The silliness of outrage is usually the excuse we jump to. We use this symbol for shock value. If I piss you off, I win. That’s understandable. Nothing’s more pitiful than someone who’s deeply offended rather than disgusted, who scoffs and blinks too hard and takes to their Facebook to display their overwhelming concern about the world at large. But a line has to be drawn somewhere, right? If it’s all about us baiting the bear, does it mean our message is hollow? Brandishing blasphemy just to hear the outcry of the devout means we don’t give a fuck about anything other than feeling cool. In which case, fuck us

That nihilistic attitude seems too easy, though, especially within a subculture so devoted to personal philosophy and spiritual belief. And at the end of the day, yeah, the music is what matters. Metalheads are good about finally devoting themselves to the art itself. But while that’s at metal’s core, there’s a lot of cultural baggage surrounding it. Metal will always offend someone, and we have to be ready to own every bit of that. And if we use symbols to represent our culture, we can’t blow them off at our own convenience without compromising our beliefs. A representation is either superficial or important. I’m not sure you can have both.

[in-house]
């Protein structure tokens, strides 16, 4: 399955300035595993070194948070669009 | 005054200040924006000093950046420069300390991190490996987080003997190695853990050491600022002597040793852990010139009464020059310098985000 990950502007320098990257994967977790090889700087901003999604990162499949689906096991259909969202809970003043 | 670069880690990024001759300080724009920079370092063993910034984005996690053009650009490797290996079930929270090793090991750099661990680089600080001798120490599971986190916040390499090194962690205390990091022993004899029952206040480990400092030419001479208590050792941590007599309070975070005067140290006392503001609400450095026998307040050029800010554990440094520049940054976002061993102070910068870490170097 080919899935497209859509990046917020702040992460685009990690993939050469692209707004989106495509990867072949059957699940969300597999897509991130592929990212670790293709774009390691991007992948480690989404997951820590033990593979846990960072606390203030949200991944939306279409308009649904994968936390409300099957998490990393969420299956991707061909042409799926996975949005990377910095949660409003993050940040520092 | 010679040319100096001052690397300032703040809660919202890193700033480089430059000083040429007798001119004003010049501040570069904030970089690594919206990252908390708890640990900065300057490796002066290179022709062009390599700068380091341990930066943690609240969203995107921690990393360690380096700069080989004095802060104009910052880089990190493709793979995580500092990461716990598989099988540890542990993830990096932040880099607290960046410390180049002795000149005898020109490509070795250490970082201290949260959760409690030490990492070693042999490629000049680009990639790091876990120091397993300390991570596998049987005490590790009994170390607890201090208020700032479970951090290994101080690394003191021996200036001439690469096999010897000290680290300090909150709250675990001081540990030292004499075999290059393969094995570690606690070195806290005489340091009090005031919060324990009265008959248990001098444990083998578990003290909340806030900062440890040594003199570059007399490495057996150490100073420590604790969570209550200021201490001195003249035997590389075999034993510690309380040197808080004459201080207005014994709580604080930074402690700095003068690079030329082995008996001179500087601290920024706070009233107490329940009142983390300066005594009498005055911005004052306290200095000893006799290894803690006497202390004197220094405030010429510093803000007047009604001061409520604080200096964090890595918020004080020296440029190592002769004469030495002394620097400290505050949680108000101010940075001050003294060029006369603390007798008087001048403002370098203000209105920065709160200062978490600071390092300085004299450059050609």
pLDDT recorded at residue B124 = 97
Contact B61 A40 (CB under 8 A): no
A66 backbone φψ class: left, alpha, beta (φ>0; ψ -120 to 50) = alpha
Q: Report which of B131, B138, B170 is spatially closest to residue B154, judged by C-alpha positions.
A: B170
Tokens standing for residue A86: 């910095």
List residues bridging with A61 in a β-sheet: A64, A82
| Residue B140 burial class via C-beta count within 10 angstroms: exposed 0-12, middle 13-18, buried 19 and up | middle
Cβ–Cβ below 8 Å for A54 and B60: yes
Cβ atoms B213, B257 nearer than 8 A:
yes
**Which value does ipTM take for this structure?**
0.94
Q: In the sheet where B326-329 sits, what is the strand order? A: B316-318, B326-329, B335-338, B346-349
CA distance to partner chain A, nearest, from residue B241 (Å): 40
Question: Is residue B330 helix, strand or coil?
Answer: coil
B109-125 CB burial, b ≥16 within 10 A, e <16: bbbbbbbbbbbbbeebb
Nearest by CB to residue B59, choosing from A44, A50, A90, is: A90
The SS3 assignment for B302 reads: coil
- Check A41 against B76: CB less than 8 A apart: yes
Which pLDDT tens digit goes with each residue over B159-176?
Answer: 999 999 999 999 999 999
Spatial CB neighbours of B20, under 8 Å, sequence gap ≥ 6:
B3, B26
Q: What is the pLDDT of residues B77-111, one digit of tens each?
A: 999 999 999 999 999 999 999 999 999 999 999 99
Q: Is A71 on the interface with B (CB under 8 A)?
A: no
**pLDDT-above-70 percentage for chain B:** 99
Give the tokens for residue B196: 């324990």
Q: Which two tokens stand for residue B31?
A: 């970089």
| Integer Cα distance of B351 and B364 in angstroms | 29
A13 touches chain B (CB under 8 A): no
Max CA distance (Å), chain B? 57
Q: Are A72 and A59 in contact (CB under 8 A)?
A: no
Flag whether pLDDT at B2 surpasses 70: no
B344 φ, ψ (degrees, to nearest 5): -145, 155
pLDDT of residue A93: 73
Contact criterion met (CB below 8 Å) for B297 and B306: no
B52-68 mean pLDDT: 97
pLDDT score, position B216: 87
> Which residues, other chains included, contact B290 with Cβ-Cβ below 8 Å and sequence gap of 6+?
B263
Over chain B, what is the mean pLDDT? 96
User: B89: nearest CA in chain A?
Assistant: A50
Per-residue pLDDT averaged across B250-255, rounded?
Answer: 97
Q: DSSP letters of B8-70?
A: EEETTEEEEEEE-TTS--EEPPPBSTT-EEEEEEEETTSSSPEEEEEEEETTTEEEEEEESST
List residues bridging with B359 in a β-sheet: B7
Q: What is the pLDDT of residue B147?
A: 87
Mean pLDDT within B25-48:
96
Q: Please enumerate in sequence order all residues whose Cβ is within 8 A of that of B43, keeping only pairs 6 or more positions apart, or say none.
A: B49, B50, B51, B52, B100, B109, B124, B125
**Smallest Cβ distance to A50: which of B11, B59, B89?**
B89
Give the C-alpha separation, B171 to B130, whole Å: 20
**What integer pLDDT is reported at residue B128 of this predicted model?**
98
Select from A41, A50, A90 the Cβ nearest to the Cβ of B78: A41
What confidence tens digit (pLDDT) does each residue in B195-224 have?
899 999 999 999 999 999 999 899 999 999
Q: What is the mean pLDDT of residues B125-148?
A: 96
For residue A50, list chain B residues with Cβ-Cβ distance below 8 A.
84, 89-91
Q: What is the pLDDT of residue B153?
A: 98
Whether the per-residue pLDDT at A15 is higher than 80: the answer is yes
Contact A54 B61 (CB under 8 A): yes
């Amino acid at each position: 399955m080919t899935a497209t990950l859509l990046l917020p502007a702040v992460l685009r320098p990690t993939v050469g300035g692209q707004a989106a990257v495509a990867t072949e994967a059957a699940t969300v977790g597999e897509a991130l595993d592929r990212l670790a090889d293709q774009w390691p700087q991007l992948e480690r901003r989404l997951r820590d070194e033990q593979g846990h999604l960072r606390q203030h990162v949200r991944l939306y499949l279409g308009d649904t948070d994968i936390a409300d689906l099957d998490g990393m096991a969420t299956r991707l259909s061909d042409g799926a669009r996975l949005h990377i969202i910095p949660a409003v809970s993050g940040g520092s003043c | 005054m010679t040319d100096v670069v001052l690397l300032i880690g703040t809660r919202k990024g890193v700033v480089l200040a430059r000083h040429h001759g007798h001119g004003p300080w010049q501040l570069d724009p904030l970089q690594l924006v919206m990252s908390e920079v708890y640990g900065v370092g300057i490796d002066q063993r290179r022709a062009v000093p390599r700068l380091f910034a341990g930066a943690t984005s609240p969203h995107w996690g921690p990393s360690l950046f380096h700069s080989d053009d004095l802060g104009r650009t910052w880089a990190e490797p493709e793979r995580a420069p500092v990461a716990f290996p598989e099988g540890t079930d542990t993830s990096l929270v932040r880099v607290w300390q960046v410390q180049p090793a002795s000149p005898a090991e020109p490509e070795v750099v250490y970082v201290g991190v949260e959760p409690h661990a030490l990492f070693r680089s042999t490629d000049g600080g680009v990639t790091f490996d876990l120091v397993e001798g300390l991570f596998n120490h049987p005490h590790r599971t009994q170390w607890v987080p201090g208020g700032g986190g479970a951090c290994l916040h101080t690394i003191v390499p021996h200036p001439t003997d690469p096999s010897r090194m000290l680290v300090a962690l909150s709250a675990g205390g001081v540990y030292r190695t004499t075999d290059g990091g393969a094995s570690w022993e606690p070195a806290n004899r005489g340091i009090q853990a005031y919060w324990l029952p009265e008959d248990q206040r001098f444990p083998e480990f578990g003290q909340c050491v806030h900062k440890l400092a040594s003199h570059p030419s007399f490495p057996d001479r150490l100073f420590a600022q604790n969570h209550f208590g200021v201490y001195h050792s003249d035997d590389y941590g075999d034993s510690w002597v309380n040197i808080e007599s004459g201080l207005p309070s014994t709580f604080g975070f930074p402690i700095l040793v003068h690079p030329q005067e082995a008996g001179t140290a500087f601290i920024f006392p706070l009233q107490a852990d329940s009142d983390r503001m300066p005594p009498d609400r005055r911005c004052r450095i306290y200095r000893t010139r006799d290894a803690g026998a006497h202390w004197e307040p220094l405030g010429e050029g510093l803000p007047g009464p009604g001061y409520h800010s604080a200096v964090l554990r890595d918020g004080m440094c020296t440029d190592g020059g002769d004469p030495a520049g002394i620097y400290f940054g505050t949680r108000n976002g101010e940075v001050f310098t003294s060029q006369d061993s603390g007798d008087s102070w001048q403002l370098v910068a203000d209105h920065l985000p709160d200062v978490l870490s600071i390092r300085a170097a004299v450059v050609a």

This is a really complicated issue, so hit us up in the comments section and let us know what you think.

Metal Sucks Greatest Hits